First published in the Herald, January 19, 1985

Yes, for some reason this one didn’t catch the giddy magic of the first couple of compilation films under this banner. In the 1970s the first two That’s Entertainment! movies were big box-office hits; but they’re all museum stuff now.

Eddie and the Cruisers II: Eddie Lives

December 3, 2012

eddieandthecruisersThe release of Eddie and the Cruisers was one of the oddest in Hollywood history.

The film flopped upon its original release in 1983, then turned up a year or so later on cable television. Suddenly it was one of the most popular movies on pay-TV, and sales of the soundtrack album went through the roof.

Very strange.

But even such belated success called for a sequel, and Eddie and the Cruisers II: Eddie Lives is finally here. The mystery of the first film was whether Eddie Wilson, a rock ‘n’ roller with one hit album to his credit, really did die in a car crash in 1964. His body was never found, and there was a suggestion that he faked his own death.

Eddie Lives answers this question in no uncertain terms. Yup, he’s alive all right, and living as a construction worker in Montreal (and once again played by inexpressive Michael Paré). Nostalgic Eddiemania is sweeping North America, and a set of previously unreleased tapes is being marketed as the new Eddie and the Cruisers album. Sleazy record execs are encouraging the rumor that Eddie is still alive.

This peeves the real Eddie. He begins to play again, with a bar band, and polishes up some new songs. Meanwhile, he hooks up with an artist (Marina Orsini), who may serve some function in the story although she appears to be there mainly to hang on Eddie’s arm. Eventually, Eddie heads back for the spotlight and his unmasking.

What a crummy movie this is. It plays a series of disconnected scenes, marked by clichéd dialogue (“It’s the music that counts! Not the hype!”) and lifeless performances. Eddie himself is an entirely unappealing character, pompous and sour.

First published in the Herald, August 17, 1989

That review seems to cut off in mid-thought and apparently was shortened for space, so my no-doubt devastating finish will have to remain a mystery, much like the original Eddie himself. The first film probably does deserve a place in history as the first example of the home-video revival of a flop picture, which meant that we all had to suffer through the faux-Springsteen music for a couple of years or so.


November 7, 2012

On a crisp Colorado night in September of 1982, I was walking along the main street of Telluride, where the annual film festival was in full swing. As I approached the outdoor theater—not a theater, really, just a grassy space with a screen hung across the starry night—I heard some incredible music and stopped to look at the movie being projected there.

What I saw was an amazing, mad rush of images: time-lapse photography of clouds scudding across a city skyline, speeded-up shots of escalators vomiting people through a shopping mall, fast-motion images of cars racing over strips of highway like ripples on a snake’s back.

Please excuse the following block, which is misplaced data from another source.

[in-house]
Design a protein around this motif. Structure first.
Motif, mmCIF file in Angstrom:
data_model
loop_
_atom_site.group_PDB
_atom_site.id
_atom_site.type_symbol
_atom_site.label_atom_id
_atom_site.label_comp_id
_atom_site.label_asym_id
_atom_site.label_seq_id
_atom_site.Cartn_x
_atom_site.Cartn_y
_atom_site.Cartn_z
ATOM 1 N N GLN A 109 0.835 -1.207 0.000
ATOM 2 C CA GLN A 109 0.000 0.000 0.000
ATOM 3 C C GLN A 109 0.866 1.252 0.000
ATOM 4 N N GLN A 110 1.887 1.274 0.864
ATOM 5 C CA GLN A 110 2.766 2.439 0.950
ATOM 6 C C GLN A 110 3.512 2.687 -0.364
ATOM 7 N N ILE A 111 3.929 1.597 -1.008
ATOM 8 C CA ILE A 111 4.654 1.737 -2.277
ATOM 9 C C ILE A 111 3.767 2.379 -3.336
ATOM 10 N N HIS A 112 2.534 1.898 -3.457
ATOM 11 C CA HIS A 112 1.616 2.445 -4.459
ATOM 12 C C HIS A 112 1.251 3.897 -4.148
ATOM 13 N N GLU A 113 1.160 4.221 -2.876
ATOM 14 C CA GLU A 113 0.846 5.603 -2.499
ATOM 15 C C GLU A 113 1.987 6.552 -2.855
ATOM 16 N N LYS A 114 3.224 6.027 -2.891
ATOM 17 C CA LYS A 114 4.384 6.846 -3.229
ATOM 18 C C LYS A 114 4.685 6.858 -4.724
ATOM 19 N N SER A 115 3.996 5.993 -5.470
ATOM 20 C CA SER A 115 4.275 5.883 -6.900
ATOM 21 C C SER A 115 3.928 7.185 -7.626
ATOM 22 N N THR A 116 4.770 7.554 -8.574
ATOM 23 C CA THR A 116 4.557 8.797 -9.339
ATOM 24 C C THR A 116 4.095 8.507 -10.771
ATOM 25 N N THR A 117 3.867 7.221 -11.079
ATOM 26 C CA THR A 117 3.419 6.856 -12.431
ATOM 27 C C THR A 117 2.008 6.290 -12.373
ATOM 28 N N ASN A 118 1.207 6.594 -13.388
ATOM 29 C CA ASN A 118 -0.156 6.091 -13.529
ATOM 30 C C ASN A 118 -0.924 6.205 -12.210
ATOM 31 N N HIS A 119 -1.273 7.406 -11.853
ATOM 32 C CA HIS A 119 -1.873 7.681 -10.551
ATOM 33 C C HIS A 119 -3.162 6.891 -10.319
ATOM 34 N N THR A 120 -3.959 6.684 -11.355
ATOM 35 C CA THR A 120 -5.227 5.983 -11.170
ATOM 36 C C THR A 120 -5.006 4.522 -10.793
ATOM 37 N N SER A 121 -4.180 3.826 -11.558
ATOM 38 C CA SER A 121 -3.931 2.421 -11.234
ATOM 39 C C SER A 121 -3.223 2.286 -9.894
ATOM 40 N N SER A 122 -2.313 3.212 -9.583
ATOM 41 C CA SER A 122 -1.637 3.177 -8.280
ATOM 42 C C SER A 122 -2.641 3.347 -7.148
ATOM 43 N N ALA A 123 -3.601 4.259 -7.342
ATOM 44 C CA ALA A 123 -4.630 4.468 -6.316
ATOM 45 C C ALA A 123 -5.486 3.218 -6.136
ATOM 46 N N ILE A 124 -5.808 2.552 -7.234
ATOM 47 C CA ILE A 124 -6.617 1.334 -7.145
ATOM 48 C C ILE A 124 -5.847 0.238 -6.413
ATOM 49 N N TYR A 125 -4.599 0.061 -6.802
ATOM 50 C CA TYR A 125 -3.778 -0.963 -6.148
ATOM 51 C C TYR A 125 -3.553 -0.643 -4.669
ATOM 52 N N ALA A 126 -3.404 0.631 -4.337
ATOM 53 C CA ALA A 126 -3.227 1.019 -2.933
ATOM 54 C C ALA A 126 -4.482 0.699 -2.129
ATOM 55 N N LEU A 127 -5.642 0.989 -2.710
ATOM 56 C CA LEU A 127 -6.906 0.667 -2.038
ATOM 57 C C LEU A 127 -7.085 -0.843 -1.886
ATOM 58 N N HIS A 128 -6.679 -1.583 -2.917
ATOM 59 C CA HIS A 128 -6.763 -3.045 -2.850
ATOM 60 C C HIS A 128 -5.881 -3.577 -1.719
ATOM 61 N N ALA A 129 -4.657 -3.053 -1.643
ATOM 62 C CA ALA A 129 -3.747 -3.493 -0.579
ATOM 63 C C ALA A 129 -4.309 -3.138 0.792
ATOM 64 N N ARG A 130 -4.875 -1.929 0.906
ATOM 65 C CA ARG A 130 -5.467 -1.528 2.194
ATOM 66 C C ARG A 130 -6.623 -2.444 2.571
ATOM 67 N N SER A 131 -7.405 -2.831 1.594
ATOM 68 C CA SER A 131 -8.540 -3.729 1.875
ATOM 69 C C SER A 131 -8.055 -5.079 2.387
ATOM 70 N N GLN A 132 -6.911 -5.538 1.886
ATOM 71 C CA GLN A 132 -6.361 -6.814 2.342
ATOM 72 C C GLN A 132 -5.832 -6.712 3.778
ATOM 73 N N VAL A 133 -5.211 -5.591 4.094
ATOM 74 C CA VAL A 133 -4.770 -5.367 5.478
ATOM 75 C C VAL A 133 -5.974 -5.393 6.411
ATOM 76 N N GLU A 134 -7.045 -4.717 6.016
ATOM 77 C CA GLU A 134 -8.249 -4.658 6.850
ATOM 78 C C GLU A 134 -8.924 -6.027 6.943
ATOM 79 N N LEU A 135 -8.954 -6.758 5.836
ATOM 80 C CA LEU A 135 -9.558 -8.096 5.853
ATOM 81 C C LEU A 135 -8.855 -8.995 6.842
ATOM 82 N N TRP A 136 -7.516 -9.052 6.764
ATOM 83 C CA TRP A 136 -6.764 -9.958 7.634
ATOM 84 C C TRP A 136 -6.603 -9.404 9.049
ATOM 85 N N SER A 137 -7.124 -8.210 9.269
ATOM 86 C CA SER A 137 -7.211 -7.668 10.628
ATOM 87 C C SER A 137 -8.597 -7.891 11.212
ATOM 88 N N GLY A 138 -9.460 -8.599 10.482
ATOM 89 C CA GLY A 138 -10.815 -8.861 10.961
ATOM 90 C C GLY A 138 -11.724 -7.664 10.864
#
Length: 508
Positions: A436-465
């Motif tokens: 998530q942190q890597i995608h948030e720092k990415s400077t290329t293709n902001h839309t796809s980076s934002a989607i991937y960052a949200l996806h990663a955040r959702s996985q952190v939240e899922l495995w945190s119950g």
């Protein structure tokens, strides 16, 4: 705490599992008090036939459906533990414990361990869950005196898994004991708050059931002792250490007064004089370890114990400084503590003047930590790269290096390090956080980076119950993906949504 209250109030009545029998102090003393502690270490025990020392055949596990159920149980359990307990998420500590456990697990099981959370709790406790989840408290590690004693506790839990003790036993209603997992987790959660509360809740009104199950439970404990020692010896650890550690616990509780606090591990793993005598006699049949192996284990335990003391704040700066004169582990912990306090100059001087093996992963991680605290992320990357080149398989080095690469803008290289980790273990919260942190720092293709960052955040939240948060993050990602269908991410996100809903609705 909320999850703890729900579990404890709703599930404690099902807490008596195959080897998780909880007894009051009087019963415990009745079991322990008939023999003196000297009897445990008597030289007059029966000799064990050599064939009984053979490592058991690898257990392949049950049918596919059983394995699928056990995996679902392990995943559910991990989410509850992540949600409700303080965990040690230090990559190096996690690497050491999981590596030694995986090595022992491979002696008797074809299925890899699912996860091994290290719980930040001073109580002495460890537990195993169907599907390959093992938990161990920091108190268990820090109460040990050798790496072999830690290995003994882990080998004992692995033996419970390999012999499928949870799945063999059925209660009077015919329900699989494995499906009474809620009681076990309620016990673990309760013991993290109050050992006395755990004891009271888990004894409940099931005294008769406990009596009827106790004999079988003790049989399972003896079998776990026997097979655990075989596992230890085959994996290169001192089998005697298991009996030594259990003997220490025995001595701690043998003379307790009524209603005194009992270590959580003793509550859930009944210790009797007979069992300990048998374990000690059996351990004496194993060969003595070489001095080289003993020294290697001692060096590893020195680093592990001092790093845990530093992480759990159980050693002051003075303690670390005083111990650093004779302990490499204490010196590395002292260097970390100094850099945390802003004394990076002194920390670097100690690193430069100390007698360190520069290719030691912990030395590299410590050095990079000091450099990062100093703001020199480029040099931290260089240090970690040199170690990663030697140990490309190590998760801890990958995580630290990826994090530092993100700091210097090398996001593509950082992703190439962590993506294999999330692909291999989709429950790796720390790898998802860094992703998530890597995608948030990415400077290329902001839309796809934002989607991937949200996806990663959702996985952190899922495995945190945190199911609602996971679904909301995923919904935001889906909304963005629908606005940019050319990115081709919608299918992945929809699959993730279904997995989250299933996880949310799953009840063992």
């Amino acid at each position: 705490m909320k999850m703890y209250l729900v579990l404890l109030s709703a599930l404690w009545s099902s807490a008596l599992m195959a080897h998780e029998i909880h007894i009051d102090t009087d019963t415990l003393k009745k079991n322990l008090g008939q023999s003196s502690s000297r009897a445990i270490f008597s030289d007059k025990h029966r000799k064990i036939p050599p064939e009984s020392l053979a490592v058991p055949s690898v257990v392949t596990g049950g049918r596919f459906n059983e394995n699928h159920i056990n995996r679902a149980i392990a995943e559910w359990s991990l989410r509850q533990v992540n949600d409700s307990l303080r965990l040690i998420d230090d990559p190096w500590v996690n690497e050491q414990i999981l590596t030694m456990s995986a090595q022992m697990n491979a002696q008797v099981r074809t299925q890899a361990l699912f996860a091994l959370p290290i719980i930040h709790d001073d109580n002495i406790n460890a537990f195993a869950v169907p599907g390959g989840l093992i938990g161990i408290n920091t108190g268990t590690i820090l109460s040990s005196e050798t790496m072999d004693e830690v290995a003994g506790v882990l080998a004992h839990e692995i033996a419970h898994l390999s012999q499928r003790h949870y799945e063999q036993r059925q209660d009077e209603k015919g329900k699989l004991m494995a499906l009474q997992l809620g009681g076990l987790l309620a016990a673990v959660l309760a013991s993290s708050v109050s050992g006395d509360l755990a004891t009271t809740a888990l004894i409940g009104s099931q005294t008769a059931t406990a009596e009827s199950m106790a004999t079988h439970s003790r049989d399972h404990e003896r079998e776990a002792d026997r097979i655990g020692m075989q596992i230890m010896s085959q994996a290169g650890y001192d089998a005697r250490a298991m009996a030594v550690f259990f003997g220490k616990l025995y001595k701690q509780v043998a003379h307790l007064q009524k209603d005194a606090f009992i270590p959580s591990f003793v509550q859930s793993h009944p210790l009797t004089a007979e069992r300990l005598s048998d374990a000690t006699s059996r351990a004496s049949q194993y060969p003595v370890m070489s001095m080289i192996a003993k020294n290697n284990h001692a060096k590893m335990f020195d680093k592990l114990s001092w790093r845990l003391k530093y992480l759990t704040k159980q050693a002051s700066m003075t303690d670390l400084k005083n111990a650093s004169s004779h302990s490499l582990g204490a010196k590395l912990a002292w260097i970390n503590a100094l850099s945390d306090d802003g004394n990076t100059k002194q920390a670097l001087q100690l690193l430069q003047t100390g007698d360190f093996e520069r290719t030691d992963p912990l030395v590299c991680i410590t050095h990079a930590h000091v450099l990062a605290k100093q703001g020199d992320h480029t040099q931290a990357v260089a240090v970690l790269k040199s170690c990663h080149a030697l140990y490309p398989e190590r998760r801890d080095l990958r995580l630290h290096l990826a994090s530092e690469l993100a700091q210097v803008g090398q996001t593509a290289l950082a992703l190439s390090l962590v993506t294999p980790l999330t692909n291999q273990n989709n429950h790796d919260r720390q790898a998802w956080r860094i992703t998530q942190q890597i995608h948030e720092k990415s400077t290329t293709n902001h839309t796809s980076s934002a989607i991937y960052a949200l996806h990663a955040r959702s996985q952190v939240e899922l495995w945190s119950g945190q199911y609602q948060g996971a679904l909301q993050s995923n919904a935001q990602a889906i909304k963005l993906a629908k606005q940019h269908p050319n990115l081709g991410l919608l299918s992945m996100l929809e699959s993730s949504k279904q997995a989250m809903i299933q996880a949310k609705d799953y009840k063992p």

What I was seeing was Koyaanisqatsi, a remarkable film by a man named Godfrey Reggio. Reggio’s non-narrative movie is composed entirely of arresting images and the rhythmic, trance-inducing music of Philip Glass. Koyaanisqatsi—the title is a Hopi Indian word meaning “Life out of balance”—quickly became many things to many people.

It was a touchstone to other filmmakers, including Francis Coppola, whose Rumble Fish was markedly influenced by it. It was the ultimate MTV movie. It was a head trip. It was a New Age lullaby.

Reggio himself simply went out and made the next installment of what he plans as a trilogy, Powaqqatsi, and it is in the same manner as the first film. But in Powaqqatsi Reggio ranges much farther through the world to find his images.

This time more of the movie focuses on the Third World (filming took place in Kenya, India, Egypt, Nepal, Peru, and elsewhere), and Reggio opts for many slow-motion sequences. The most bravura sequence is the opening, as Reggio surveys the slowed-down, dreamlike efforts of workers to haul stones and mud from a quarry (Glass’s music is particularly forceful here).

Again like the first movie, Reggio uses the progression of images to suggest the soullessness of mechanization, as opposed to the simplicity of primitive life. In the Hopi language, Powaqqatsi translates as the sorcerer who lives by consuming other ways of life. Reggio makes his point, but you have to wonder how aware he is of the irony of using ultra-sophisticated film stock and helicopter shots as he glorifies the peasant grinding corn with a rock. And in some ways, Reggio’s films seem to encourage a mindless sensory experience rather than political awareness.

The interesting thing about Reggio’s two movies is that they are larger experiences than either his social concerns or my critical quibbles. Quite simply, Reggio finds ways of looking at things that no one else has seen in exactly this way before: a pink tree alone in a terraced yellow-and-green flower garden, a man lugging a fish as large as he is to market, a child ferociously driving a horse-drawn cart through a street, a Nepalese house perched on what appears to be the top of the world. The mandate of the artist is to show us things anew; at this, Reggio succeeds.

First published in the Herald, April 1988

This one, which never quite matches its opening, was considered a dropping-off from the K-movie. But it looks good next to Reggio’s 2002 film Naqoyqasti, which crossed the line into hectoring.